The art of being curious

Melanie Moore

Melanie Moore

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Are you curious? I guess that you are because being a teacher requires a great deal of curiosity. Being curious means you like to learn, know why things happen and are fascinated by the world around you. It’s the same for children.

Natural Curiosity

From the moment they are born, children show their natural curiosity.

A 1964 study found that babies as young as two months old will point at things as if to say, ‘I want to know about that – what is it?’ As children enter their early years, their curiosity can become overwhelming for parents – so many questions!

In 2007, Professor Michelle Chouinard studied recordings of four children interacting with their parents and carers for two hours at a time, for over 200 hours. She found that, on average, the children asked more than 100 questions every hour.

That can be a bit much for any parent. But I’d rather my son ask too many questions than too few. Indeed, most of the projects in the Cornerstones EYFS Curriculum are based on questions he asked in his early years.

Why is curiosity important?

Curious people like to try new things and understand the world. They often have a greater sense of adventure. This means that they put themselves in situations that lead to rewarding experiences, from travelling to learning new skills.

There are health benefits to being curious too. Research suggests that a thirst for knowledge can stave off and prevent diseases, such as Alzheimer’s. The first point on the Alzheimer’s Association’s ‘Stay Mentally Active’ checklist even says, ‘Stay curious and involved – commit to lifelong learning.’

On the contrary, people who fear new things produce more cortisol, causing fat deposition, insulin resistance, a lazy immune system and muscle breakdown. Increased cortisol levels reduce overall life expectancy.

So staying curious, keeping an active mind and a desire to explore new things is very important. It makes us more interesting, happier, healthier people.

Curiosity in the classroom

Providing an environment and activities that promote and encourage children’s curiosity is vital. Curiosity crosses the skills versus knowledge agenda. It doesn’t discriminate. It covers both ‘things I want to know about’ and ‘things I want to be able to do’.

My 10 top tips for promoting curiosity in the classroom

  1. Ask lots of questions
    Have a bank of questions that you can turn to. Use them in class, for an independent inquiry, home learning ideas or even as the basis of a lesson. Questions can be open-ended and imaginative, such as, ‘Are elephants afraid of mice?’ or ‘What makes a good life?’ They can also be knowledge-based, for example ‘Are deserts always hot?’

  2. Encourage children to
    Give children the chance to ask about things that interest them by introducing a questions wall or box to your classroom. Can they collaborate to find answers and explore topics? Challenge older children to set their own home learning tasks by asking, ‘What else do you want to find out about this topic?’ Encourage them to use good question starters, such as, why, what, if and how.

  3. Take a tip from the early years
    Introduce an investigation area or ‘tinker table’ that includes random or themed items for children to handle and explore. Ask questions that relate to the objects such as, ‘What do they have in common? How are they different? What can you find out about the objects? How are they used?’ Can the children order the objects from the most to least interesting and explain why?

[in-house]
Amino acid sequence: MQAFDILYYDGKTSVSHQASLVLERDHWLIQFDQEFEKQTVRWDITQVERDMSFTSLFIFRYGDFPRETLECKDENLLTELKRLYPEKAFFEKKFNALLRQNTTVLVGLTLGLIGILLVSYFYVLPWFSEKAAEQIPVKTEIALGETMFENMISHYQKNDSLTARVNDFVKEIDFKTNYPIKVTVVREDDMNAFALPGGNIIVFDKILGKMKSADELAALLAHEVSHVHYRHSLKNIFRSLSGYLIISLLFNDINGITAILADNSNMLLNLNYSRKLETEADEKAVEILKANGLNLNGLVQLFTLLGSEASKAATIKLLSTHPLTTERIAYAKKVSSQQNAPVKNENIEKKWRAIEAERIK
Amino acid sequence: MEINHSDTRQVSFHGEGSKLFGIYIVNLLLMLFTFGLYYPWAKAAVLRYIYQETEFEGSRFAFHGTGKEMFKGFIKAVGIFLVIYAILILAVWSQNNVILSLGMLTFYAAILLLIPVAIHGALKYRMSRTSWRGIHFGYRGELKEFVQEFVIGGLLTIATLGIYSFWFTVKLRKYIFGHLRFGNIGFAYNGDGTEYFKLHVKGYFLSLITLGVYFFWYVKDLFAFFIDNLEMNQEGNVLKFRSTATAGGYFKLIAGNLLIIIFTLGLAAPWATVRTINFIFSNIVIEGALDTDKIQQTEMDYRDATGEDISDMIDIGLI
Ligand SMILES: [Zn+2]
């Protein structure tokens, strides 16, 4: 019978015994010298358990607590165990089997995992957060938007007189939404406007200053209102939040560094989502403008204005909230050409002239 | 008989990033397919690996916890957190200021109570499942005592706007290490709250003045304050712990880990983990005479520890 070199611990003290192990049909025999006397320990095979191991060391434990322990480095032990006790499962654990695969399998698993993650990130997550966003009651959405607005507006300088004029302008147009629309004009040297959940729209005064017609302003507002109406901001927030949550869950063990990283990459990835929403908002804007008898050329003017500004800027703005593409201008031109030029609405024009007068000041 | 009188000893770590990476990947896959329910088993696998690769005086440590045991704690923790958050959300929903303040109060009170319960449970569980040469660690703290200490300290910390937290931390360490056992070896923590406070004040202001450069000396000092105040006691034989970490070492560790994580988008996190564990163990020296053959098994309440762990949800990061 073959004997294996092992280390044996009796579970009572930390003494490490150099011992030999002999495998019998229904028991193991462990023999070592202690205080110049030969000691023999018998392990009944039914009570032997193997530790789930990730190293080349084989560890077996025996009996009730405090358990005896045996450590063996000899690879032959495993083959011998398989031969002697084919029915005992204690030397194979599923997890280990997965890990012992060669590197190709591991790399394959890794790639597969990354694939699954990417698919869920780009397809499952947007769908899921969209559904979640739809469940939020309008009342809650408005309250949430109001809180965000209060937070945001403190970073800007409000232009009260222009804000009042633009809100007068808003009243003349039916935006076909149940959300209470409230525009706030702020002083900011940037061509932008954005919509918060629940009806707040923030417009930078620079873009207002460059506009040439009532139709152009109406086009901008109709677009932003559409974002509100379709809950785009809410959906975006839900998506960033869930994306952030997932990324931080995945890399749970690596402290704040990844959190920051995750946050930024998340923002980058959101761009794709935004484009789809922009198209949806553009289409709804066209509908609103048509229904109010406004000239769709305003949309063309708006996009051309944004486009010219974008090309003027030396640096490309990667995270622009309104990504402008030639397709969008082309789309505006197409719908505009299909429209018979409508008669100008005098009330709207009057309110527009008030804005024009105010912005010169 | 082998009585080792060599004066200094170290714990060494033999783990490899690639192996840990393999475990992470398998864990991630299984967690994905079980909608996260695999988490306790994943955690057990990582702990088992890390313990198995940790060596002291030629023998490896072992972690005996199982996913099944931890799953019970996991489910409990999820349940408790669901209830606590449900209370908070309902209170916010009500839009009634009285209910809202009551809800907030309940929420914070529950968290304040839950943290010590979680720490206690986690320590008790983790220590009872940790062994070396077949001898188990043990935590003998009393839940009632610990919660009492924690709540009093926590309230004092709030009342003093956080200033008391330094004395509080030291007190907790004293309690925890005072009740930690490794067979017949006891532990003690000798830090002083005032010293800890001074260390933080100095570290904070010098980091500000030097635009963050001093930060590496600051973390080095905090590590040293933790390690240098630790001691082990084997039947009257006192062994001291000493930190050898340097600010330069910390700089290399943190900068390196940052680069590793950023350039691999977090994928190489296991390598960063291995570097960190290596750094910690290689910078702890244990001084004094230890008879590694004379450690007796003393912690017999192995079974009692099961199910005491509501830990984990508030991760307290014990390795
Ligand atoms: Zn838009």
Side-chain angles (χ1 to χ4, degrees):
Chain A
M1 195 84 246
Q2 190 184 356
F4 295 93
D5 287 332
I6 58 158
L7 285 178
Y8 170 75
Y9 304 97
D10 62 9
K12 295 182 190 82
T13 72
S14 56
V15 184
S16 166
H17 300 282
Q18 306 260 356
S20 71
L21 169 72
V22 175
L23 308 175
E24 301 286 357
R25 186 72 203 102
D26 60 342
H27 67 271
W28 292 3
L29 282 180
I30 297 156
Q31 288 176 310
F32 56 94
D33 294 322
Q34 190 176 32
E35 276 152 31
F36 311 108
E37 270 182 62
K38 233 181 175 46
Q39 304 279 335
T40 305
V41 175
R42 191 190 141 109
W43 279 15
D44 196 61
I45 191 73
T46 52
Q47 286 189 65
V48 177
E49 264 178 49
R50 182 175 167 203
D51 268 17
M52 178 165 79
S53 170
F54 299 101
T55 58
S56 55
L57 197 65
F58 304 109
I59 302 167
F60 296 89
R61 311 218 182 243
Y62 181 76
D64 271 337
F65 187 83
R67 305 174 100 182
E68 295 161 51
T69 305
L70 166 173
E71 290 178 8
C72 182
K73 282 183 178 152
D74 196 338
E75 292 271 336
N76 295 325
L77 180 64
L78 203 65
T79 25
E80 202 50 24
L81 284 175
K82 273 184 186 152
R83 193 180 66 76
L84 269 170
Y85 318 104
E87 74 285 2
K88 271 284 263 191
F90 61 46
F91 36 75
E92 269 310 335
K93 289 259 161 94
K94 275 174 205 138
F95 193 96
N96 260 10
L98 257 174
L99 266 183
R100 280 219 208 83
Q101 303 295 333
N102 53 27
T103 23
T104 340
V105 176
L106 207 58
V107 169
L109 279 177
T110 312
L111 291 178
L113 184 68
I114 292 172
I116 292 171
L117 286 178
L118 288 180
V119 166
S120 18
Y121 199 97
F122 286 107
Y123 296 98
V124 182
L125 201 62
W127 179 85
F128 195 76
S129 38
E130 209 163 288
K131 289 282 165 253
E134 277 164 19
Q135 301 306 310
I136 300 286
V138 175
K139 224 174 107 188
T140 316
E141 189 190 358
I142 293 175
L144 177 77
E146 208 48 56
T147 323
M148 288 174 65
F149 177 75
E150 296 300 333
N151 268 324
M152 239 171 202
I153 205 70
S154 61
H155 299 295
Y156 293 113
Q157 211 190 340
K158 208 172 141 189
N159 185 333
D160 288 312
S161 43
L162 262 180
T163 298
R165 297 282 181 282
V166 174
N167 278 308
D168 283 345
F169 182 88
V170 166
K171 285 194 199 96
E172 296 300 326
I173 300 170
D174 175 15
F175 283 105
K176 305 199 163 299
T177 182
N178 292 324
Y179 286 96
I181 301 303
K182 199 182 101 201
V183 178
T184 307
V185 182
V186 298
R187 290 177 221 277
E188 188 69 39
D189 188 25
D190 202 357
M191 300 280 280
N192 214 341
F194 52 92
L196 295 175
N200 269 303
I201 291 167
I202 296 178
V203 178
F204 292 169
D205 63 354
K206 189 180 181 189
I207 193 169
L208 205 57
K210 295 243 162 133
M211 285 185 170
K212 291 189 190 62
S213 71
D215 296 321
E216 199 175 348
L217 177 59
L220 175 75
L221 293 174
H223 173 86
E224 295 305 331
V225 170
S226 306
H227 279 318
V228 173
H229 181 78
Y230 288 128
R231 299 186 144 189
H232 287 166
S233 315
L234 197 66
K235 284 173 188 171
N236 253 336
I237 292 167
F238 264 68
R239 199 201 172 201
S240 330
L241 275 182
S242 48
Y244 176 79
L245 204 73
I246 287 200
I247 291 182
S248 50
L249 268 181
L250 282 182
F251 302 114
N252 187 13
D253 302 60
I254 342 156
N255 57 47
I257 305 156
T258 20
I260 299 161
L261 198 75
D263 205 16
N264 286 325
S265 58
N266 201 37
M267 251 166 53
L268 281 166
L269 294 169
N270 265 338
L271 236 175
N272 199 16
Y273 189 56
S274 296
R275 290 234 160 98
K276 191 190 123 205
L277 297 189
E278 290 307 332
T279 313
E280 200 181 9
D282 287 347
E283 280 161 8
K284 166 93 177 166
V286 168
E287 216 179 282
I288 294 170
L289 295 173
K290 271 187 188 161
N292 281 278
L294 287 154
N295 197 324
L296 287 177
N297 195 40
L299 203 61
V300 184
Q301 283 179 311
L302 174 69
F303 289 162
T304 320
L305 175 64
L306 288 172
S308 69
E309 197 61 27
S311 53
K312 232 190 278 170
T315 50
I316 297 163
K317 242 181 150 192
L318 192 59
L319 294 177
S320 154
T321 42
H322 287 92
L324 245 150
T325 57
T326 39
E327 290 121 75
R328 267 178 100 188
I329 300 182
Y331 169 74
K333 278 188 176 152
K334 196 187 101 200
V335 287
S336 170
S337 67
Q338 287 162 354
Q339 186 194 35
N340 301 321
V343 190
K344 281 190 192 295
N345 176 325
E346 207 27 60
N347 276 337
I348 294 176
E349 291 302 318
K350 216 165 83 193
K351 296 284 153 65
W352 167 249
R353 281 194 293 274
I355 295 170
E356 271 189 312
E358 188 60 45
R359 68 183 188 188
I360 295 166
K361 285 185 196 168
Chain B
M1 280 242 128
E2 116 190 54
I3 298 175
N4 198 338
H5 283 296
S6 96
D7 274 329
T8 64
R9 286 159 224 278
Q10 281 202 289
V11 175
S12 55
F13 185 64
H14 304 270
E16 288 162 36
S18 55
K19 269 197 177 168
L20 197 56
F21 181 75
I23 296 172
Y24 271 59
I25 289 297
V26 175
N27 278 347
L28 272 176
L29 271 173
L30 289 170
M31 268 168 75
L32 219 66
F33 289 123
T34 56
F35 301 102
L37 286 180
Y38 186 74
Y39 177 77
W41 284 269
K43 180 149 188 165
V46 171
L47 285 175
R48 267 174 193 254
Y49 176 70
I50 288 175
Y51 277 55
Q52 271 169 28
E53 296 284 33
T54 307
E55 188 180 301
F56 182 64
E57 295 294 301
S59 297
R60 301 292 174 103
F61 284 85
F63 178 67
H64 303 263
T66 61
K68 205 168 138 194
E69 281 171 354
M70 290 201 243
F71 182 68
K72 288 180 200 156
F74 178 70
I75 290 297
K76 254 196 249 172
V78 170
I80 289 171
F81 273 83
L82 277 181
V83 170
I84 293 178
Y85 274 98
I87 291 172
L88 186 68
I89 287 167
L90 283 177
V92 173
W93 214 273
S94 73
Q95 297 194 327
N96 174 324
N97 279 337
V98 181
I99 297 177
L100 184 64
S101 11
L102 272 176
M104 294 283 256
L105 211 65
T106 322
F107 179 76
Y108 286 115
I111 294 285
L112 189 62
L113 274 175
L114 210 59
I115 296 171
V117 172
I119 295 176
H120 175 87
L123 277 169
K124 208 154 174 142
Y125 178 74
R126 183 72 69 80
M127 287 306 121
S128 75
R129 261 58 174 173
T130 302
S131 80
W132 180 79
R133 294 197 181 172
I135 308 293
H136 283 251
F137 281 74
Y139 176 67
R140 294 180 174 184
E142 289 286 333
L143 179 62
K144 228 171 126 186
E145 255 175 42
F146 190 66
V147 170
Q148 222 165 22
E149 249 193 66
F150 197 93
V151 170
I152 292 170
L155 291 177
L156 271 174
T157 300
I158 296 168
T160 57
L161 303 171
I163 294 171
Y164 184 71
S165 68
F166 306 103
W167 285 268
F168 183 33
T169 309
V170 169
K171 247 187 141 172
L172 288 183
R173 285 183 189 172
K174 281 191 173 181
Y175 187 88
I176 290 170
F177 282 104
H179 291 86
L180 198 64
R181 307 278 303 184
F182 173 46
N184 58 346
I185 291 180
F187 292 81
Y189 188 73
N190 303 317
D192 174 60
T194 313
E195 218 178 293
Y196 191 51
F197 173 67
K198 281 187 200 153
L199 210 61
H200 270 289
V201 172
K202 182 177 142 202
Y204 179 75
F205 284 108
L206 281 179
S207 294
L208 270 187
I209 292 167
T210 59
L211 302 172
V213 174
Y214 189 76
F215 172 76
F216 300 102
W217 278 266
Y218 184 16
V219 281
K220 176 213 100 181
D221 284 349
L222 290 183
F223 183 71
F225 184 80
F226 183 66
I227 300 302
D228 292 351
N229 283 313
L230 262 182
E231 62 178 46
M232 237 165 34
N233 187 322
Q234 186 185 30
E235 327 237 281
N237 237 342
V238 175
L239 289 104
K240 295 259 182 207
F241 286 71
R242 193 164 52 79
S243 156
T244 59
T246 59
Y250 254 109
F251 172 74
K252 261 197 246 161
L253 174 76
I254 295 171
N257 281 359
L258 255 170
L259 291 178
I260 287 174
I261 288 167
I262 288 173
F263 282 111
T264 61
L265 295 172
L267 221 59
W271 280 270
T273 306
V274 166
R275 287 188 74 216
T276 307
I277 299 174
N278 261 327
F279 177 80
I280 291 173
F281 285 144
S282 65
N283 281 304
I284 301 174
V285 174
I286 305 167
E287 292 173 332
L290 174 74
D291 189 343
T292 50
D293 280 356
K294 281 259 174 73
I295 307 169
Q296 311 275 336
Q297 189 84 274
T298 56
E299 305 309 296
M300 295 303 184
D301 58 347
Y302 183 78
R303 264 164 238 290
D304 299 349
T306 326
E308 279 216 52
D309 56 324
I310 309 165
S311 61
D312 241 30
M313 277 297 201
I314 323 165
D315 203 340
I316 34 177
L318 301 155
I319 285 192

4. Offer things that change over time
    Examples include frogspawn, eggs that hatch, food that decays and plants that grow. Observing changes over time gives children a sense of satisfaction that they want to repeat. They begin to understand real examples of complex biological processes. When children are confident about what they know, they are more likely to act on their curiosity – to explore, discover and learn.

  5. Use the outdoor environment
    Don’t confine learning to the classroom. Take a lesson outdoors to increase children’s sensory awareness and help them to experience things from different perspectives. Can they lay down and watch the clouds scoot by? What happens when they explore a hedgerow? Outdoor learning keeps children curious about the world around them and inspires creativity.

  6. Books, books, books
    Researching and reading online is great for finding information. However, having an excellent range of non-fiction books and encyclopaedias in your classroom or school library is vital too. It gives children access to knowledge that they can see, touch and refer to again and again.

  7. Reward curiosity
    Recognise curiosity when you see it. Praise children when they are curious by showing how their exploring and investigating helps them learn. Let them know that you value their motivation, no matter what they achieve.

  8. Teach children
    to be sceptics ‘Sceptic’ means ‘to inquire’ or ‘to look around.’ A sceptic needs evidence. Science and maths activities offer opportunities for being sceptical and can help children become willing to take on topics with an open mind. Use the mantra, ‘Let’s be sceptical!’ to fire up curiosity and send the message that things aren’t always as they seem.

  9. Spread the curiosity
    Create opportunities for the more curious children to work with the less curious in project-based learning activities. Curiosity is contagious.

  10. Model curiosity
    Model curiosity whenever you can. Share an interest, discovery or thought with the children. Why not investigate a shared question, where even you don’t know the answer? This will help you build an environment of trust that encourages everyone to be curious and where no one knows everything!